Well after a year watching my young bloke riding and enjoying his quad, I finally took the plunge and bought a 250 trail bike for myself.
I spent a bit of time looking at what's available through the various ebay stores selling chinese bikes, what prices bikes were going for and the differences between bikes and model before I took the plunge. As is always vitally important with any shopping on ebay, I had a firm idea of the $$ I wanted to spend and kept myself to a budget.
So, after looking at all on offer I ended up buying a 250cc Moto-x from SDB. (I'm just a customer, no affiliation). The purchase went well, some issues with shipping which were entirely down to me, but in a few days I had the bike in the shed and set to work.
Now anyone who is looking to buy a new chinese bike or quad will need to be comfortable with assembling the bike themselves, or know someone who they can get to do it. There is little in the way of instructions supplied, however the job is pretty simple. In the case of this bike it was a matter of fitting the front wheel, forks, Front brake caliper, handlebars, connecting the rear shock linkage and finally the plastics.
Sounds like a lot, but if you take your time and don't rush it it is about an hour or two's work.
At the time, I used loctite on the bolts that looked to need it and replaced the front brake caliper bolts with Unbrako ones. (The supplied ones were probably OK, I'm just fussy about such things) I also dropped the oil and replaced the brake fluid. The only issue that arose was a problem with the clutch cable. This was pretty easy thing to sort out at home. Otherwise I would have had SDB send me a new one.
So with all that done, it was time to actually ride the thing. I spent a day out riding with my son and his quad, gently at first, then gradually harder to give the motor a chance to bed in. I'm no pro dirt bike rider but it went really well, with plenty of grunt for where we were riding. After a full day's riding, the only issue was a very stretched chain :) and I lost a sidecover bolt. (one of those that didnt't get the loctite treatment!)
As I've found with the quad, the key to living with a chinese quad or two-wheeler is that you need to be prepared to get your hands dirty and look after the things. Just because they are cheap to purchase isn't a reason to mistreat them. If you purchase via Ebay, then you need to be prepared to disregard any sort of warranty or after sales service. The people selling these things just don't make enough on each sale to cover the overheads in providing the sort of after sales service you would expect from a japanese bike dealer. They are just selling units and hoping to get a reasonable margin on each one. You make a value call by chasing for the cheapest price!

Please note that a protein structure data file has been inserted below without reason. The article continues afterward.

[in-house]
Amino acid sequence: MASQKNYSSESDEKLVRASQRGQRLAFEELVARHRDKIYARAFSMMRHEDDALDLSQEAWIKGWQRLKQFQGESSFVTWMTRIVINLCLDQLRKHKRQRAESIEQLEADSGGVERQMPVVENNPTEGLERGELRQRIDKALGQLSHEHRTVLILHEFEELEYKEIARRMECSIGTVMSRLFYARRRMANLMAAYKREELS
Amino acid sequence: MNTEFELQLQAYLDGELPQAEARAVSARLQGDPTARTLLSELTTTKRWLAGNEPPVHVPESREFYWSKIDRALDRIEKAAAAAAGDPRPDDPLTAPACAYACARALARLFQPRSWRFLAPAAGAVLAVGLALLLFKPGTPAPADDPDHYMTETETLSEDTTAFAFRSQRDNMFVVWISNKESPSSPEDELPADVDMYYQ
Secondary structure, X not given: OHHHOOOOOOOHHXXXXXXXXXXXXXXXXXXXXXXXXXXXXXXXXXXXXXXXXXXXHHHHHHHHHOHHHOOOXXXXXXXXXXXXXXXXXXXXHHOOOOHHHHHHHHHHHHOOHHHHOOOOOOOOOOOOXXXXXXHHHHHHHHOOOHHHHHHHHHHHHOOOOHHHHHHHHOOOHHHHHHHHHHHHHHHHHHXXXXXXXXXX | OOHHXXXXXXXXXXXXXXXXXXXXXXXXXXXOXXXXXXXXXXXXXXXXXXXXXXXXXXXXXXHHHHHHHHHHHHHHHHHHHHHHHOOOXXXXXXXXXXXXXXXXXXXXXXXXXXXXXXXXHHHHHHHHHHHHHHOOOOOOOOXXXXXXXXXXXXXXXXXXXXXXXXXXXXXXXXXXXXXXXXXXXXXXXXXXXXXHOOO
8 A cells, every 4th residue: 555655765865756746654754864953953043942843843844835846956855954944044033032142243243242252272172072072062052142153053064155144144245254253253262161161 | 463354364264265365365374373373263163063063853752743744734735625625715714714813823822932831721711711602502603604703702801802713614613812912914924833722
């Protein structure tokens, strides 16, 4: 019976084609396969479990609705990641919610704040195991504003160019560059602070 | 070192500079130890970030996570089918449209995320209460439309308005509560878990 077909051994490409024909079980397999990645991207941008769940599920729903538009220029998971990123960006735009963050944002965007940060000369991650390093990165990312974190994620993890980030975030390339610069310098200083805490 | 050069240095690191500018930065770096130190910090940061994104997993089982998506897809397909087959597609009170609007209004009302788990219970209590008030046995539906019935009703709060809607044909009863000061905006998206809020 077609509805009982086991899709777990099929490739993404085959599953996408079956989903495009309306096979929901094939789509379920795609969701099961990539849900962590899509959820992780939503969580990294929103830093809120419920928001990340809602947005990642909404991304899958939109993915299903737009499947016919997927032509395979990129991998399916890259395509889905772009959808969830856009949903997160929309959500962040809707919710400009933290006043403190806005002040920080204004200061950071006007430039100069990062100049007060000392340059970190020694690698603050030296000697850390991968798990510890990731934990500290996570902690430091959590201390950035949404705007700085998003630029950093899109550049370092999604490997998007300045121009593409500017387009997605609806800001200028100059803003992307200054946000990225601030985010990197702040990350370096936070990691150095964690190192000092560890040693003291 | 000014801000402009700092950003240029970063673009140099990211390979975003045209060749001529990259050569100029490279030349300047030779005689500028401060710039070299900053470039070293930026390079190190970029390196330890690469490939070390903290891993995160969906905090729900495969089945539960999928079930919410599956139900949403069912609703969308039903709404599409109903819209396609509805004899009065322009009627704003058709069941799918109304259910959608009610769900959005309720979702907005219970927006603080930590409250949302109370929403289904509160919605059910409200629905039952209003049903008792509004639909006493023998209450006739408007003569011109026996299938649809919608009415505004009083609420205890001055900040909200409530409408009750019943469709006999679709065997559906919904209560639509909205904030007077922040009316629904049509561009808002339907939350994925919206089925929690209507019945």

If you need to depend on a store's workshop to look after you with warranty and ongoing service, then forget chasing the cheapest price and pay the extra few hundred and buy from a storefront operation, or spend more and buy Japanese! From what I've seen so far you probably won't get much in the way of assistance from established japanese bike workshops. For some reason they seem to take a very dim view of these chinese products. As always, shop around and remember that the customer is king!
When I've taken my son out to dirt tracks with the quad to go riding I see heaps of young kids out on pitbikes that have no idea about how to look after their bikes. Chains either too loose or too tight but never lubricated, tyres either flat or over inflated (one kid blew the tube in his rear tyre and just kept riding!) broken bits and bobs everywhere. Then they complain that their bikes are a piece on s**t!
I'm a believer that these chinese bikes and quads are a good thing in that people are getting out of their longerooms and going riding who normally wouldn't consider spending thousands and thousands on bike and gear. After a year or two they may very well buy a honda or yamaha as their skills grow, but it would be that Moto-x or Atomik or other chinese bike that got them started!
Anyway, hope that this may be of help and if you do buy a chinese bike, be happy and enjoy what you have and not grizzle, missing what you don't!
I thought that I'd update this guide with a couple of things that have cropped up in the 5-6 months that I've had the bike. Maybe they will be of help to others.
- The 250 started leaking fuel. This was due to the type of fuel line fitted to the bike at manufacture. I'd suggest checking your fuel line at the very least to see if there is any evidence of cracking or perishing of the line. (Automotive spares shops sell fuel line by the meter for a few dollars). Be sure to take a sample of the line with you as it is very important to match the internal diameter of the tubing to ensure a tight fit on the bike.
- After riding the 250 in wet weather and mud, I later found that the rear suspension linkages and pivots have no seals to protect them from water. (This is one of the detail type of things that separate a $1000 chinese bike from a $7000 or $8000 Japanese one!) Just a day after riding I found the start of corrosion in the swingarm and linkage bearings. It's critical to keep water out of these areas, so be very careful when using a pressure washer and have a good look over these areas when you've been riding in the wet.